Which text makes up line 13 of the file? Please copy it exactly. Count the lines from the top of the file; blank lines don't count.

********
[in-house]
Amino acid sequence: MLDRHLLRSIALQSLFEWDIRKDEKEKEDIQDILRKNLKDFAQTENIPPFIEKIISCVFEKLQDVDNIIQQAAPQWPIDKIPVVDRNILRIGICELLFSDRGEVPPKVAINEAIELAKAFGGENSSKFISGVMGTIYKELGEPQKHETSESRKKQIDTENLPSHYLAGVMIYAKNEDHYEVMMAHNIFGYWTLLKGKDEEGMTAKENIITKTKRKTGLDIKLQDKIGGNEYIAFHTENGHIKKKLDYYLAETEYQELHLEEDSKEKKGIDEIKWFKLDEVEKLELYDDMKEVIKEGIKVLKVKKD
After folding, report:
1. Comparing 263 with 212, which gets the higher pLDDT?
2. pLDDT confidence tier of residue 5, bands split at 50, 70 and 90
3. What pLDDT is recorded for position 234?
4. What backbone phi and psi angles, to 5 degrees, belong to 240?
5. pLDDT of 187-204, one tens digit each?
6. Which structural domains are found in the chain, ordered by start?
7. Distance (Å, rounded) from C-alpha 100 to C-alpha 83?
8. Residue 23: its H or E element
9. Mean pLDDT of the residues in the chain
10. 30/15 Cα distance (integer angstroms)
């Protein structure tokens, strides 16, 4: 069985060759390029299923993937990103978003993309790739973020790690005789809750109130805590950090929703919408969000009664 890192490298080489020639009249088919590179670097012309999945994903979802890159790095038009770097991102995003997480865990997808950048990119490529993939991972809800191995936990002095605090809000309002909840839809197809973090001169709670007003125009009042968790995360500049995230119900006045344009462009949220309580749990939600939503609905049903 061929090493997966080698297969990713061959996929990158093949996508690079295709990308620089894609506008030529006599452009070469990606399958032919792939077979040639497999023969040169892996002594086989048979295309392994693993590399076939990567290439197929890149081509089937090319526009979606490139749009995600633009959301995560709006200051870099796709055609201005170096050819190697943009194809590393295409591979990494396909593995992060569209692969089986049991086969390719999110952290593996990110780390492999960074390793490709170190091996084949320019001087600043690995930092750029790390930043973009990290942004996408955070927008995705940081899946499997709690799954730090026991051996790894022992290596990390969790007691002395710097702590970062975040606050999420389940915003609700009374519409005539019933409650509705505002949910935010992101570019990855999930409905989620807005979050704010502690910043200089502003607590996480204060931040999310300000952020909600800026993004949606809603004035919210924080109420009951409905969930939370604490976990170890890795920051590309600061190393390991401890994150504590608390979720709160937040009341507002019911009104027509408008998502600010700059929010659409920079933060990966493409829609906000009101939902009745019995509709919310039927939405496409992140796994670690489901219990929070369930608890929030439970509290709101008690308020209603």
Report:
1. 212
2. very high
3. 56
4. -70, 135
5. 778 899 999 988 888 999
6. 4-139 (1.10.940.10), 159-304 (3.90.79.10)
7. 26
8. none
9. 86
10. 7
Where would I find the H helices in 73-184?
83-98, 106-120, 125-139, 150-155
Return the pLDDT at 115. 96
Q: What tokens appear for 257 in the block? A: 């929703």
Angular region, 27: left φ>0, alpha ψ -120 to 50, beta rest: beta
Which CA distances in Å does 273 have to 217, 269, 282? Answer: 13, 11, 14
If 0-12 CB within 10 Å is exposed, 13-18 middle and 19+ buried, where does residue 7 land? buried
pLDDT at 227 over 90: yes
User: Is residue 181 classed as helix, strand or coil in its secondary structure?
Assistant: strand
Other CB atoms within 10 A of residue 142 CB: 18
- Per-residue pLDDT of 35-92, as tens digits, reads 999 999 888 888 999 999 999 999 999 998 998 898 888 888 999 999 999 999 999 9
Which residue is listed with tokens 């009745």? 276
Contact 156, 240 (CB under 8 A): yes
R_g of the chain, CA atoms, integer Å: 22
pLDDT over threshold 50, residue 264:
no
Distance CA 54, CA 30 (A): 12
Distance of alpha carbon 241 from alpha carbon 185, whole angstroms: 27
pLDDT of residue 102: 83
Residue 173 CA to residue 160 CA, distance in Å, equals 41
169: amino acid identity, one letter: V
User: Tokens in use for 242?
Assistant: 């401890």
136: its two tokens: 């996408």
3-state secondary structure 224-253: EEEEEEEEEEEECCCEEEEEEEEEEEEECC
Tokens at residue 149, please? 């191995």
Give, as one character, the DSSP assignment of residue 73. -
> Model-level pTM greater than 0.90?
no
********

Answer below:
10. 30/15 Cα distance (integer angstroms)